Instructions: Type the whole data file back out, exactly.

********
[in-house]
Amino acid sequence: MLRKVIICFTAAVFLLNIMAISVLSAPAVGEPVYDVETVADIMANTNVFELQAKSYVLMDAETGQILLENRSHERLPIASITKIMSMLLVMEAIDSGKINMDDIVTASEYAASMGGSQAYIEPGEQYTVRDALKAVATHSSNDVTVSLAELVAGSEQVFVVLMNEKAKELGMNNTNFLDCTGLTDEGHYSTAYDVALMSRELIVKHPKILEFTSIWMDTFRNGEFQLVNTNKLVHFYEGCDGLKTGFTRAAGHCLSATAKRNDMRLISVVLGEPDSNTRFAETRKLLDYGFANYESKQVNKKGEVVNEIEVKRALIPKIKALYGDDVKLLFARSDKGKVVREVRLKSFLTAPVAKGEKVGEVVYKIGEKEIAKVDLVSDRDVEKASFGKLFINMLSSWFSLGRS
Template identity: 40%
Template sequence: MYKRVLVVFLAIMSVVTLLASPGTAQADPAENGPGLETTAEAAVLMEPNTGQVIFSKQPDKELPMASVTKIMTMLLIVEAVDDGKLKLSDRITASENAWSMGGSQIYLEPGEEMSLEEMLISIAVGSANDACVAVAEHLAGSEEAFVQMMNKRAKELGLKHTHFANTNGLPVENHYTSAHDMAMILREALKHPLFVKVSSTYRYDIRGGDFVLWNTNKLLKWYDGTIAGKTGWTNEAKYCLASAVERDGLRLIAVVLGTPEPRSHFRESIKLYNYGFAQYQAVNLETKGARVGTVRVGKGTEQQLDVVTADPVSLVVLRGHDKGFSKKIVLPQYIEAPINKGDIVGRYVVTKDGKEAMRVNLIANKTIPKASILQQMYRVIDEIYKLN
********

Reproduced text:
[in-house]
Amino acid sequence: MLRKVIICFTAAVFLLNIMAISVLSAPAVGEPVYDVETVADIMANTNVFELQAKSYVLMDAETGQILLENRSHERLPIASITKIMSMLLVMEAIDSGKINMDDIVTASEYAASMGGSQAYIEPGEQYTVRDALKAVATHSSNDVTVSLAELVAGSEQVFVVLMNEKAKELGMNNTNFLDCTGLTDEGHYSTAYDVALMSRELIVKHPKILEFTSIWMDTFRNGEFQLVNTNKLVHFYEGCDGLKTGFTRAAGHCLSATAKRNDMRLISVVLGEPDSNTRFAETRKLLDYGFANYESKQVNKKGEVVNEIEVKRALIPKIKALYGDDVKLLFARSDKGKVVREVRLKSFLTAPVAKGEKVGEVVYKIGEKEIAKVDLVSDRDVEKASFGKLFINMLSSWFSLGRS
Template identity: 40%
Template sequence: MYKRVLVVFLAIMSVVTLLASPGTAQADPAENGPGLETTAEAAVLMEPNTGQVIFSKQPDKELPMASVTKIMTMLLIVEAVDDGKLKLSDRITASENAWSMGGSQIYLEPGEEMSLEEMLISIAVGSANDACVAVAEHLAGSEEAFVQMMNKRAKELGLKHTHFANTNGLPVENHYTSAHDMAMILREALKHPLFVKVSSTYRYDIRGGDFVLWNTNKLLKWYDGTIAGKTGWTNEAKYCLASAVERDGLRLIAVVLGTPEPRSHFRESIKLYNYGFAQYQAVNLETKGARVGTVRVGKGTEQQLDVVTADPVSLVVLRGHDKGFSKKIVLPQYIEAPINKGDIVGRYVVTKDGKEAMRVNLIANKTIPKASILQQMYRVIDEIYKLN